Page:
The Stanford 20/20 tournament, by all accounts, was a resounding success – even if the final was too lop-sided to be the showcase expected.
Trinidad thrashed Jamaica by nine wickets to collect $1m team prize money and the right to play for five times that if benefactor Sir Allen Stanford can lure World Champions India over.
No wonder minnow cricketing countries like Cayman are getting excited by the prospect of becoming full-time pros through Stanford underwriting costs. Even Super Bowl hero Eli Manning did the correct PR job he was paid to do about 20/20 being very exciting when he watched a match in Antigua recently. Advised by The Legends, great players from the past, Stanford seems to be on the right course.
Cayman technical director of cricket Theo Cuffy believes that 20/20 will boost standards – and bank balances – significantly in the near future.
‘The knowledge of our legends has been very instrumental in developing 20/20,’ he said. ‘The Stanford program is now going to take it to another level. Not only the four pro teams, (Antigua, Anguilla, Nevis and St Lucia) I expect another eight or ten teams to get through to pro level.
‘I think he will not move everybody to the full level this year. There are 20 right now and if he goes with another eight, that means he’s about three-quarters there.
I think he will go for the pro teams outside of the established ones because Trinidad, Jamaica, Guyana and Barbados are virtually pro teams anyway.
‘So to raise the standard he’s going to approach and try to get the other teams up to a level. That’s where Cayman comes up. The essence of the Stanford tournament is not the whining and dining. That is only one tenth of what it is. That is to bring the children back into cricket and people generally. Get them to love it and to want to move with it and in the meantime get them to expose some young talent – which we saw.
‘We saw a couple of good fast bowlers. I was very impressed with Danza Hyatt from Jamaica. People at Singh’s roti shop asked me about Andre Fletcher (Grenada) who batted so well. But I saw Fletcher two years ago at the first Stanford tournament. For the first time I’m seeing Hyatt. So when you take those guys from two years ago, like Kieron Powell (Nevis) who is with the Under-19s, William Perkins (Trinidad) who played two years ago and did very well again. Now you add Hyatt and Orlando Peters (Antigua) there’s Chaka Hodge from Anguilla. I like a little fella who didn’t make much from Dominica, Samuel Mitchell. When you put all of them together, West Indies has a lot of people we can start building with. And that is the progress of the Stanford tournament.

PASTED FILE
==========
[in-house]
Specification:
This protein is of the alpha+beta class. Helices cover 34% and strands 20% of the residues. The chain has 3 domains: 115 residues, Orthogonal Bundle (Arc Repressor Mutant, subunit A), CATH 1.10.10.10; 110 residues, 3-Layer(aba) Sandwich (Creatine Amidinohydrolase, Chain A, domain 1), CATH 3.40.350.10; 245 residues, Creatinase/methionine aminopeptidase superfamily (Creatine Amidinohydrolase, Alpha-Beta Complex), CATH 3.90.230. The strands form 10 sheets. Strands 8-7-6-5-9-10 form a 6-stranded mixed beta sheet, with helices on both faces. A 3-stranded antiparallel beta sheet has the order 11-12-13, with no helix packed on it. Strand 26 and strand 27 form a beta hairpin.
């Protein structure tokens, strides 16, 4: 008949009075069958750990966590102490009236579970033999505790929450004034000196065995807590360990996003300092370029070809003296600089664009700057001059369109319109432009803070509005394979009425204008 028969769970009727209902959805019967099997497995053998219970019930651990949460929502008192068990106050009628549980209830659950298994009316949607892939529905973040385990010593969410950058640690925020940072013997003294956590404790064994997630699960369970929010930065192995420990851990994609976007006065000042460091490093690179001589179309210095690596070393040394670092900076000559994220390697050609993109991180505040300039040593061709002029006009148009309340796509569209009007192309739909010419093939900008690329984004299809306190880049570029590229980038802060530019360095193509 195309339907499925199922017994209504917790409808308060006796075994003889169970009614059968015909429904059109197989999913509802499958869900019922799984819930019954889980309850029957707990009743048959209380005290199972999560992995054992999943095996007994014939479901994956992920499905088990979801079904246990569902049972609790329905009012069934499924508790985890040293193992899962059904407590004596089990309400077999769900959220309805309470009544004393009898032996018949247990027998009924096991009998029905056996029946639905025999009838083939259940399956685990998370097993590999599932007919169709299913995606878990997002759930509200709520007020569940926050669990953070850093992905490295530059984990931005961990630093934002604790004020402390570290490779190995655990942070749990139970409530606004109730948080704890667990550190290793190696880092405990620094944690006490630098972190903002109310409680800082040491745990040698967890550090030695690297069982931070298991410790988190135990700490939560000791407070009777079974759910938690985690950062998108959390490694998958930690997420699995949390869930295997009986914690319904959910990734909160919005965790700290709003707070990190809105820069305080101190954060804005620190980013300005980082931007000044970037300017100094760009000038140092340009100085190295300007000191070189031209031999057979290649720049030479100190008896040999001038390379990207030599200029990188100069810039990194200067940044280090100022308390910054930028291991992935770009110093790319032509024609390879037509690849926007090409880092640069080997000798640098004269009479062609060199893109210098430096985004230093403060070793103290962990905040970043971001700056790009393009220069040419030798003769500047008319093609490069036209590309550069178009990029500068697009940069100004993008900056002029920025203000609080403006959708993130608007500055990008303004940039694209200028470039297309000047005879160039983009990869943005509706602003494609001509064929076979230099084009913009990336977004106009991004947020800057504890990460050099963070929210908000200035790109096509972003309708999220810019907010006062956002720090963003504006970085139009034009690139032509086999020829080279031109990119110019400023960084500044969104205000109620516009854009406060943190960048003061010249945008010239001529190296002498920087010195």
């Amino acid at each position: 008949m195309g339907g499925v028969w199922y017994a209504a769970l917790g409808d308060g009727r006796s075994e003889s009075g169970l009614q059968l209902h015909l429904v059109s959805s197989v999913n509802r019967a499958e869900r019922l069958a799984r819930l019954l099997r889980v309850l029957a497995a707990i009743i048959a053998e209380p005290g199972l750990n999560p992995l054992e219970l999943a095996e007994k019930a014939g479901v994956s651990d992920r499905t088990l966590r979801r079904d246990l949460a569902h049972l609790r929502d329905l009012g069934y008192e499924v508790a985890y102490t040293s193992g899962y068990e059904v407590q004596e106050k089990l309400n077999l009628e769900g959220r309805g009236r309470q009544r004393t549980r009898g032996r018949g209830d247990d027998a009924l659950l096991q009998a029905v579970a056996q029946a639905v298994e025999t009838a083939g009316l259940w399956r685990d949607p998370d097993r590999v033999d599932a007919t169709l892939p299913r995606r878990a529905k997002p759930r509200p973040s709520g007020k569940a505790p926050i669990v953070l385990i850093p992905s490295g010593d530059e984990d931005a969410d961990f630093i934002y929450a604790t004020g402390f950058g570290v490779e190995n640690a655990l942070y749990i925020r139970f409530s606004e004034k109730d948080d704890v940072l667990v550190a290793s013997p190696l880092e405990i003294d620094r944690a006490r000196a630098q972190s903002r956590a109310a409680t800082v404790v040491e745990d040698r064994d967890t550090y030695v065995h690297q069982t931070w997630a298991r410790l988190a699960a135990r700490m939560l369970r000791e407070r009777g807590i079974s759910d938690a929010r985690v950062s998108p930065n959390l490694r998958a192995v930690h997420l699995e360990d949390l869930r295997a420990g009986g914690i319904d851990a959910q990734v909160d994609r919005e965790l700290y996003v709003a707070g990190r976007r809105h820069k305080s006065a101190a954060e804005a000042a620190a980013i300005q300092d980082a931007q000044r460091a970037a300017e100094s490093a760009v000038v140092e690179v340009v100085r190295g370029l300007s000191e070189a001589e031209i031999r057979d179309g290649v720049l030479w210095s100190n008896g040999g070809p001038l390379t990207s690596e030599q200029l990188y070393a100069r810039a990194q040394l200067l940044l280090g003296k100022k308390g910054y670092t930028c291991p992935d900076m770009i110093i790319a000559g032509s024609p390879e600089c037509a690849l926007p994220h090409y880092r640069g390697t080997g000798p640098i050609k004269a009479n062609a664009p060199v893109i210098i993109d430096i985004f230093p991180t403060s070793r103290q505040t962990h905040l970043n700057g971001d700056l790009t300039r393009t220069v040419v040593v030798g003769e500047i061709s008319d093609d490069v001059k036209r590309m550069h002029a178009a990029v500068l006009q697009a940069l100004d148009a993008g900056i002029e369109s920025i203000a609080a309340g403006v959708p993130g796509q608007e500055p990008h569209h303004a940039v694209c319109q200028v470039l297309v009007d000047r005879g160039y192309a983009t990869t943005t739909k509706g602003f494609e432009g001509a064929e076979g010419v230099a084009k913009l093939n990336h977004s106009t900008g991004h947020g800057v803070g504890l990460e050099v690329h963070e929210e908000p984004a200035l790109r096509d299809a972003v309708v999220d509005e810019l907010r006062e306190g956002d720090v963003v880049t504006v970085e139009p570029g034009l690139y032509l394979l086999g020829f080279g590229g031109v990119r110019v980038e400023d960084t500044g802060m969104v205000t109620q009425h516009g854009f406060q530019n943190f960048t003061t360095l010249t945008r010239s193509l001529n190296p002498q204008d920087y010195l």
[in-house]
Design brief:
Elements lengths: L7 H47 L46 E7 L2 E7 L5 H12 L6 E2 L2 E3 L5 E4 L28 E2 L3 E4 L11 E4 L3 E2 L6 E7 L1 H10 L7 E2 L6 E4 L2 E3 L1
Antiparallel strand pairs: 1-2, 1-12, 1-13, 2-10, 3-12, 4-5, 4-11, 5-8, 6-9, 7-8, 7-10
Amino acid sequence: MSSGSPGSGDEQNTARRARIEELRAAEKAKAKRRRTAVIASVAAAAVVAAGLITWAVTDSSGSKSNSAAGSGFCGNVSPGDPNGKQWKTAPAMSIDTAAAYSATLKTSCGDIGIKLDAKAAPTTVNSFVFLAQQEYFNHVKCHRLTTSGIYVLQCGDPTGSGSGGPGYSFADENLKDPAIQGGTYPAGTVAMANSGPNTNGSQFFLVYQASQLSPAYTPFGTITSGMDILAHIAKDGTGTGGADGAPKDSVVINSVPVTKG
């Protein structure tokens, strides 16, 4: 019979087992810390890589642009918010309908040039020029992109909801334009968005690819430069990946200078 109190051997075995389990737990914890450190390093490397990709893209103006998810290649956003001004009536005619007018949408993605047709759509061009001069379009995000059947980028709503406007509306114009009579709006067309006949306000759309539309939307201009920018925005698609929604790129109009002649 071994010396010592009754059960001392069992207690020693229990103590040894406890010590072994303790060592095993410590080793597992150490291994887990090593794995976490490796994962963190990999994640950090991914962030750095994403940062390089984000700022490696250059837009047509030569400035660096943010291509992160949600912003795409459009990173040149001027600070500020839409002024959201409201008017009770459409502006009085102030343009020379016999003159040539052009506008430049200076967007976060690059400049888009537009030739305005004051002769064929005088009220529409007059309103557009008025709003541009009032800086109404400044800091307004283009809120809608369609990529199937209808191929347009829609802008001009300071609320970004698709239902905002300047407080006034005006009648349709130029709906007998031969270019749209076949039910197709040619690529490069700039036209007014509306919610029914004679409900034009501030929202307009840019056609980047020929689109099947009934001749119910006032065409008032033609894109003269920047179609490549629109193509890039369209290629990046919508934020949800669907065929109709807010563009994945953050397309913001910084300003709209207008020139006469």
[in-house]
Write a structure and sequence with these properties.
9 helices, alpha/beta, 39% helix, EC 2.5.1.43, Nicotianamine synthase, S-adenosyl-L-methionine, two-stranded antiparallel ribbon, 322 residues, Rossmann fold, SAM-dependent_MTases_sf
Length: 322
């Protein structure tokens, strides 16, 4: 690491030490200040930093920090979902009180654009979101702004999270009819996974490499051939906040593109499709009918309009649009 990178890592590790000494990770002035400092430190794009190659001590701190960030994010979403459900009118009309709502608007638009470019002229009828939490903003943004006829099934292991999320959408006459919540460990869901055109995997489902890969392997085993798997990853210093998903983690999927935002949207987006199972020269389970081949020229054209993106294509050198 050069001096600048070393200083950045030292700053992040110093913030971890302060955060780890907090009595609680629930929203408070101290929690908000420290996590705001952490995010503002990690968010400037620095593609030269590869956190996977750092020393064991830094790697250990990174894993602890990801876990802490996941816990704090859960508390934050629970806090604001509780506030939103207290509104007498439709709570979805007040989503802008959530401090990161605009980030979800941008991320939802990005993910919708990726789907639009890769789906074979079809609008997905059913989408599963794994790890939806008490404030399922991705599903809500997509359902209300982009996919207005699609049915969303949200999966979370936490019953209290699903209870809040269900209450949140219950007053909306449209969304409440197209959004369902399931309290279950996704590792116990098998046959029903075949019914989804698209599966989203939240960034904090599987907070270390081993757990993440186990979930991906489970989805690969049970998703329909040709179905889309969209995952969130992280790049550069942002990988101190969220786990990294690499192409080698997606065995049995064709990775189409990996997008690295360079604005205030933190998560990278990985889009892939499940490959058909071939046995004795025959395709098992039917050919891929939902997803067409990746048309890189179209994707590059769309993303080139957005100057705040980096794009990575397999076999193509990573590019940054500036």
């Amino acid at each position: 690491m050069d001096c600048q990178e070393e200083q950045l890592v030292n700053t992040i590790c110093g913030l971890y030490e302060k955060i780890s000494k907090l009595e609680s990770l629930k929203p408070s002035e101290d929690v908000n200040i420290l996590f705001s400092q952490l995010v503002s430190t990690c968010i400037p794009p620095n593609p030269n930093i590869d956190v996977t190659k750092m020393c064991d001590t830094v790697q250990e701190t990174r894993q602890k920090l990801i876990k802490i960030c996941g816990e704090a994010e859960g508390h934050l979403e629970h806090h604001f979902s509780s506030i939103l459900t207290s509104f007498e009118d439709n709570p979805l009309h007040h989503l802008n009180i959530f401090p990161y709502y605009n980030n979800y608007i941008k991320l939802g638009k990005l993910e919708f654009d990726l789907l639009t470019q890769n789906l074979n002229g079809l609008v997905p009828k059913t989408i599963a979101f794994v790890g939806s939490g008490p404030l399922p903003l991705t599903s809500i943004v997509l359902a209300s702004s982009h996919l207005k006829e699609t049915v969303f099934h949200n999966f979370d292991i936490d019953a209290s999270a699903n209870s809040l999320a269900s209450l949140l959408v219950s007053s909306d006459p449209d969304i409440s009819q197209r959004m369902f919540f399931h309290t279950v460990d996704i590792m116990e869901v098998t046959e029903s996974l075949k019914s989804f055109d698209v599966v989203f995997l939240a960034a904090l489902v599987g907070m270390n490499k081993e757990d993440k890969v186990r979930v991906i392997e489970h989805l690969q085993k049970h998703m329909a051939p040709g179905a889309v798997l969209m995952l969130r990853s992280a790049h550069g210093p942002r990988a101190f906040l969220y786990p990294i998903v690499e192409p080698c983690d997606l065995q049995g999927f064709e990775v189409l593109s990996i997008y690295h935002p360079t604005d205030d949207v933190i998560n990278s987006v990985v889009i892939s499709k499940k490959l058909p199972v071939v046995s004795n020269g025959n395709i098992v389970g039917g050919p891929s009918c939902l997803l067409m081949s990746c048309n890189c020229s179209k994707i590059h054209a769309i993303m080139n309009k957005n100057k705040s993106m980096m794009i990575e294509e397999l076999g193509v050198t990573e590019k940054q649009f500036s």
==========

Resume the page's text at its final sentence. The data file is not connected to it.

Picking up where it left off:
‘Look at the fielding progress we’ve seen. Some people dropped some catches. So what? The lighting is not the best for playing cricket under. No matter where you go artificial lights are not as good as sunlight and people drop catches. The point I’m making is don’t just judge the Stanford money and razzamatazz and Mike Haysman with all his foolish interviews. All of that is to get people to like the game again. We’ll like the game again and stop watching people playing basketball on TV.
‘It was short and sweet. Six weeks of real good enjoyment when we had great fun and people were looking forward to it. That means youngsters even in Cayman who don’t normally watch cricket, their parents couldn’t get them to change the station. So what is happening now is that the youngsters coming to play in the Under-17 tournament all come to the ground talking about the Stanford tournament.
There are four teams from John Gray High School competing plus St Ignatius and Cayman Prep. Triple C will come in for the Under-15s. The final will be on Friday 14 March.
‘Here it is, our youngsters are playing cricket now and we’re specifically playing them in white,’ added Cuffy. ‘Traditionally, cricket is played in white and we don’t want them to miss the idea that cricket is still what we call a gentleman’s games. It has certain virtues that you have to adhere to and that is basically what we’re doing, playing this grouping at Under-15 and Under-17 level in white because we want to maintain the traditions; keep your shirt in your pants, wear your hat properly, be respectful to people when given out and you walk. We’re very firm on those things. We don’t expect a miracle to happen overnight.’